Severe Macaw bonding

bamsmomjdg

New member
Jun 13, 2014
16
0
Texas
Parrots
Macaw
Ok, so I have had my 20 year old macaw (Dakota) for almost a year now. Him and I have really bonded and love him to pieces. My son is 9 and has been around him as well. Dakota would let him my son pet the top of his head occasionally and kept going to him when he was sick. Now that Dakota is all better he is back to trying to bite and being mean to my son. Its like starting over. y son has been bit several times and is trying really hard to be patient with Dakota. He'll talk to him while his in and out of the cage. Lets him eat off his plate at dinner. Any suggestions on how to help them bond more?
 

Birdman666

Active member
Sep 18, 2013
9,866
23
San Antonio, TX
Parrots
Presently have six Greenwing Macaw (17 yo), Red Fronted Macaw (12 yo), Red Lored Amazon (17 y.o.), Lilac Crowned Amazon (about 43 y.o.) and a Congo African Grey (11 y.o.)
Panama Amazon (1 Y.O.)
Yeah. I've got lots of them...

First of all. Severe Macs tend to have some pretty serious "one person bird" issues. And the trigger is usually, YOU'RE NOT MY PERSON. MY PERSON is in the room...

So, you could be the trigger for the biting behavior. So watch that one.

I've already got a "disfavored person" training post. And it kind of depends on how much effort your 9 year old is willing to put into it, consistently.

I would do the arms with towels wrapped in ace bandages and long sleeve shirt thing with your son that I've recommended before. And then do the disfavored person training.

You get the best results if you work with the bird twice a day, and work with him at a time when he is hungry. They are most responsive to food rewards then.

YOU pick up the bird and interact with him. Then you take him out of the main room, into a training room, with a training perch, and put him down on the training perch.

Then your son enters the room, and works with the bird doing basic step up/step down practice. (Rewarding the bird with praise and treats.) Contro the beak with two fingers, don't allow the bird to bite when stepping up.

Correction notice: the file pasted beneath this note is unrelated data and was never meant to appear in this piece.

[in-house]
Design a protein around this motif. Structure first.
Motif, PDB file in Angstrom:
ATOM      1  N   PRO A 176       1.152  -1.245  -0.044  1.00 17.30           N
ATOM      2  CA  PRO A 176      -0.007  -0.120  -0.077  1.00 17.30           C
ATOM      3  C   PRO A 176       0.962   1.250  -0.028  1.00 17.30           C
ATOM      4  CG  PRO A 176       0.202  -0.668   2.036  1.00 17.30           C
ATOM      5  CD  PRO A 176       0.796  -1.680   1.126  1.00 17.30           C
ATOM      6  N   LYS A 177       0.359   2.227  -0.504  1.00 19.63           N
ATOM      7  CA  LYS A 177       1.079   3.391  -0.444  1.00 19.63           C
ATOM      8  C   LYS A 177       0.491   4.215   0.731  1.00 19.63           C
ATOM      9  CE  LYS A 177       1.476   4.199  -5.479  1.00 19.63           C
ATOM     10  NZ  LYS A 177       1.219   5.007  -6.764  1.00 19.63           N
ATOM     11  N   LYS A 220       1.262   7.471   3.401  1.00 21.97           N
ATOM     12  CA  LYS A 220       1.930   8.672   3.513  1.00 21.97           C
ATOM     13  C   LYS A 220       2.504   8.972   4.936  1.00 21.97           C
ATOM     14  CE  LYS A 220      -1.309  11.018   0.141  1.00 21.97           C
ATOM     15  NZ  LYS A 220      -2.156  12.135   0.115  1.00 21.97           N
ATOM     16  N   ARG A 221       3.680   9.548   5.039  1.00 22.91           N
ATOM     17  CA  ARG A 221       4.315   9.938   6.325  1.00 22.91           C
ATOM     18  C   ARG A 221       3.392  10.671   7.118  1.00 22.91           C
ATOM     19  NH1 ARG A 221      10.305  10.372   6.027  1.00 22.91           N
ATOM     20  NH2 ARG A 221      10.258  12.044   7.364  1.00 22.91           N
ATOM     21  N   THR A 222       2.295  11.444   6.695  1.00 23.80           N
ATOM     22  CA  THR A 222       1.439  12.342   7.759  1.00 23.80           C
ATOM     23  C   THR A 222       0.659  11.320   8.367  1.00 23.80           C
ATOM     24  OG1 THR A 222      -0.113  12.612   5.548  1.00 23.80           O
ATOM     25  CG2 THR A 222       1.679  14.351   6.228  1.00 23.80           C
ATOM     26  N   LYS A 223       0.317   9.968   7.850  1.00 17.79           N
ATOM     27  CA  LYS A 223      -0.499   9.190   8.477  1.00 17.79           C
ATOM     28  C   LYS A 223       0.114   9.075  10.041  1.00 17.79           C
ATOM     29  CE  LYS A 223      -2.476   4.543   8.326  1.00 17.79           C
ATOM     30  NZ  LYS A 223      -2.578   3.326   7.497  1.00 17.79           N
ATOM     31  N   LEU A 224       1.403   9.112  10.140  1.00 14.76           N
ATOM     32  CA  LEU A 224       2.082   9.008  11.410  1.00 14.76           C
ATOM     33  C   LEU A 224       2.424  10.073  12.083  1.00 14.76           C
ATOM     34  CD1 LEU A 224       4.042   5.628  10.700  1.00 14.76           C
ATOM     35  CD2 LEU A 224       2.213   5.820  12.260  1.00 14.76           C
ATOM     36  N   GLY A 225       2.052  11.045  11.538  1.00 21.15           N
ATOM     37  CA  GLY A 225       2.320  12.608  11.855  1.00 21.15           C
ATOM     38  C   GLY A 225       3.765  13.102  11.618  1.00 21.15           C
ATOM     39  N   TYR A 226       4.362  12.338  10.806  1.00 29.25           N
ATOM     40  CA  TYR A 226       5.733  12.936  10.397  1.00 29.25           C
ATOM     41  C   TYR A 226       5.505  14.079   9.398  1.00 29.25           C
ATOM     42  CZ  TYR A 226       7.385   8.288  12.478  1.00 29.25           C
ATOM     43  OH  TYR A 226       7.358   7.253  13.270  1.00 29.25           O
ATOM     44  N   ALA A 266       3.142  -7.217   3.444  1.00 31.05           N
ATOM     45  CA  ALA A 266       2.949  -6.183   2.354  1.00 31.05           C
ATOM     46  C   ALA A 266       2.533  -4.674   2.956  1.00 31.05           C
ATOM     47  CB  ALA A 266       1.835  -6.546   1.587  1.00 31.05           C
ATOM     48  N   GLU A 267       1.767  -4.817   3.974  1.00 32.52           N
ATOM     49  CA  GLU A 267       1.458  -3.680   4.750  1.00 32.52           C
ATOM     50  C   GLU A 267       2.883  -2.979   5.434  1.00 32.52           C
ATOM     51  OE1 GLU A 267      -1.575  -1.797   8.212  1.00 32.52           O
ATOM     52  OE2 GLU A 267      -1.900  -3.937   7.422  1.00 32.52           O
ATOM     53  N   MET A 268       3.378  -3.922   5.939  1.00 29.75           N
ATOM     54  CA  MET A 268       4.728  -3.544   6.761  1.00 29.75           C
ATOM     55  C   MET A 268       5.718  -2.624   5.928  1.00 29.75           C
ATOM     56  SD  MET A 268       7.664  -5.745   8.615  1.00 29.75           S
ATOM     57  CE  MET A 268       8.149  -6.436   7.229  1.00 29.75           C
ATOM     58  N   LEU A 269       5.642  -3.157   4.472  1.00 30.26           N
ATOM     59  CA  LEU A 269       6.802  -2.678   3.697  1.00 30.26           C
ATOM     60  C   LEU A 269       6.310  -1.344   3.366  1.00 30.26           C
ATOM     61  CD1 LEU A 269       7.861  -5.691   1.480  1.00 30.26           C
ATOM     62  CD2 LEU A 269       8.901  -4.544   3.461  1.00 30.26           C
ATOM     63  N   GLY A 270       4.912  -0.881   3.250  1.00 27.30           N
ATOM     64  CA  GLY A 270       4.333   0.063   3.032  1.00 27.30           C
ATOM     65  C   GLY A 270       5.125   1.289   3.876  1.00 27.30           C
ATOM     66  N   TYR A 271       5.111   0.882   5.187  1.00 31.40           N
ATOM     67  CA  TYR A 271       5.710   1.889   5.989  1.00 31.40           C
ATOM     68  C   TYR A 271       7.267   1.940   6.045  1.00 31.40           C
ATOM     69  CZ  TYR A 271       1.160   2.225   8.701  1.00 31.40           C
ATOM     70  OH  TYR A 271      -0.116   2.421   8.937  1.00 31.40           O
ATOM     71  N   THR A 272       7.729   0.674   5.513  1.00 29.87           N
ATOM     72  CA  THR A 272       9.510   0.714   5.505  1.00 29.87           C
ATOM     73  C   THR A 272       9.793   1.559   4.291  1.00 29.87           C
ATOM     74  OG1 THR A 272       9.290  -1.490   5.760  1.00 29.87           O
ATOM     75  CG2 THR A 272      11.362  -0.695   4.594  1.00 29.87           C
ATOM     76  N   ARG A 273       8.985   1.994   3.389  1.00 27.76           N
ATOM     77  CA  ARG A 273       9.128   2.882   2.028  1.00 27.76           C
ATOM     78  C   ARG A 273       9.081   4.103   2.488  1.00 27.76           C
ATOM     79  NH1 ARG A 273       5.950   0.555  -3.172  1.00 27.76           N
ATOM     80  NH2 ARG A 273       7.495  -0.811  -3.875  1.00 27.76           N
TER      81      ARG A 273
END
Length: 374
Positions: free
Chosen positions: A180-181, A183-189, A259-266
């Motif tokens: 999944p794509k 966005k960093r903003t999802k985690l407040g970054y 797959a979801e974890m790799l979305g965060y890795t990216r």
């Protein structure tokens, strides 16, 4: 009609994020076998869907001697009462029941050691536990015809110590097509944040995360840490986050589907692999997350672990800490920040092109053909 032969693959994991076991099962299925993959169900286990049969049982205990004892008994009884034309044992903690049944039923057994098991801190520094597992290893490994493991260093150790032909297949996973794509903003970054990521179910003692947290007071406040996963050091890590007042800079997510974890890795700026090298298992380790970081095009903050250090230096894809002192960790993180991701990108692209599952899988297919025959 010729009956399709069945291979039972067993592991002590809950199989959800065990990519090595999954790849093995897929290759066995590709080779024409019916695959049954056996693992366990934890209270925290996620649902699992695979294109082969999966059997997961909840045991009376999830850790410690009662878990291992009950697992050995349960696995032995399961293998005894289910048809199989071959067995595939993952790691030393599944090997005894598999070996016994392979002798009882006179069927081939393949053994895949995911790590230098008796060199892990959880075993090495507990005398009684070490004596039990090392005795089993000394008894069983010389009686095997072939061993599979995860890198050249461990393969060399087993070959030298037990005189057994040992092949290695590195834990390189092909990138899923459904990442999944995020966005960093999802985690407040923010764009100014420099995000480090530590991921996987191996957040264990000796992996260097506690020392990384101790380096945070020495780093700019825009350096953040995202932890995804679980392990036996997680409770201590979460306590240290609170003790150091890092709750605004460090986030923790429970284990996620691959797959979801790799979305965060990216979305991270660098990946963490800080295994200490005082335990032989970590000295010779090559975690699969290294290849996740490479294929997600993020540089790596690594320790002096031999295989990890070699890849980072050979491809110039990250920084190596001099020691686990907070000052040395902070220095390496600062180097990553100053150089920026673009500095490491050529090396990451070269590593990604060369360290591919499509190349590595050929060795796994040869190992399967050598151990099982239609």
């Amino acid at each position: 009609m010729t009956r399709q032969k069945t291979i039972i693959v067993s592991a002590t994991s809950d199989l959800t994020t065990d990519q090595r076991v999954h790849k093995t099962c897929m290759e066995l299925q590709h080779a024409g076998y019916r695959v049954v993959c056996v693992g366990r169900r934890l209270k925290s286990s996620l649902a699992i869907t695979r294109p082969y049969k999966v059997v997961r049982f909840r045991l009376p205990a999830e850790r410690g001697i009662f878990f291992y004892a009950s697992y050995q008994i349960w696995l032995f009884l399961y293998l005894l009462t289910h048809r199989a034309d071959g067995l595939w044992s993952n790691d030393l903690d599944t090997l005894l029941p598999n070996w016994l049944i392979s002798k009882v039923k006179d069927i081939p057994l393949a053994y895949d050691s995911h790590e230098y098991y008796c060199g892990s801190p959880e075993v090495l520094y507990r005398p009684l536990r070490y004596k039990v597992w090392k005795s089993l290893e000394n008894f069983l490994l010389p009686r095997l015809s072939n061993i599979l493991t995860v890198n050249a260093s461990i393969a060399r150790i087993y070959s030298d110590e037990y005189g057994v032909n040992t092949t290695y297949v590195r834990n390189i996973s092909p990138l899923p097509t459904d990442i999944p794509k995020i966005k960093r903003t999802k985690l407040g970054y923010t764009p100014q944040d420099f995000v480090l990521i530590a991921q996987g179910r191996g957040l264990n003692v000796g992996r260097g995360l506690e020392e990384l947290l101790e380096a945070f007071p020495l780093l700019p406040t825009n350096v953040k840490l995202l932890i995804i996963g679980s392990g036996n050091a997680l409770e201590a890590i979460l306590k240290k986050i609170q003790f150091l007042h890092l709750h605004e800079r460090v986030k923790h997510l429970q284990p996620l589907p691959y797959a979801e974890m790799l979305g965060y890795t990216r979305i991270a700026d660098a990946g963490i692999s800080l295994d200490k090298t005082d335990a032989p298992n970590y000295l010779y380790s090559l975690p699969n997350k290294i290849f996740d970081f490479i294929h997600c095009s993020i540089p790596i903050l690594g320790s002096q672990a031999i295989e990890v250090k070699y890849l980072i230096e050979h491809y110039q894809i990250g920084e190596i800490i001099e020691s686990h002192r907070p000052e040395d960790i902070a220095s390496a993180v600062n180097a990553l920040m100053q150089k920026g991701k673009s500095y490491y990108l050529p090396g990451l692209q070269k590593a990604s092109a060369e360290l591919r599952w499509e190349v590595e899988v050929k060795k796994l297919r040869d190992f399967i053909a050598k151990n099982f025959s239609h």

Then you come in and take the bird back. Praise and reward the bird for being good with your son.

Once he steps up nice, THEN you work on the touching exercises I've talked about before. I use those wooden BBQ skewers. Your son uses those to touch the bird all over. He's not going to like it at first, but do it anyway. He'll get used to it.

Once he accepts that, you slowly work your fingers down the skewer until you are now touching him all over with fingers instead of stick.

Each time you get the bird and bring him back. This is all done outside of your presence. (YOU are the likely trigger.)

After that, once he generally accepts your son, it's time for "the test." Your son, carrying him on a protected arm, walks around the house with him, including the room with the cage, and you. (territorial/person triggers.)

THEN PLAY A GAME OF PASS THE BIRDIE BACK AND FORTH.

This is a 2-6 week project.

Do it at a set time every day. This is part of your routine now bird, until you behave yourself with the kid.

Once he goes to a second person, then, if you have others willing to risk getting bit handling him Do the "pass the birdie" circle game. (with treats.)

THIS is how you socialize and unsocialized bird...
 

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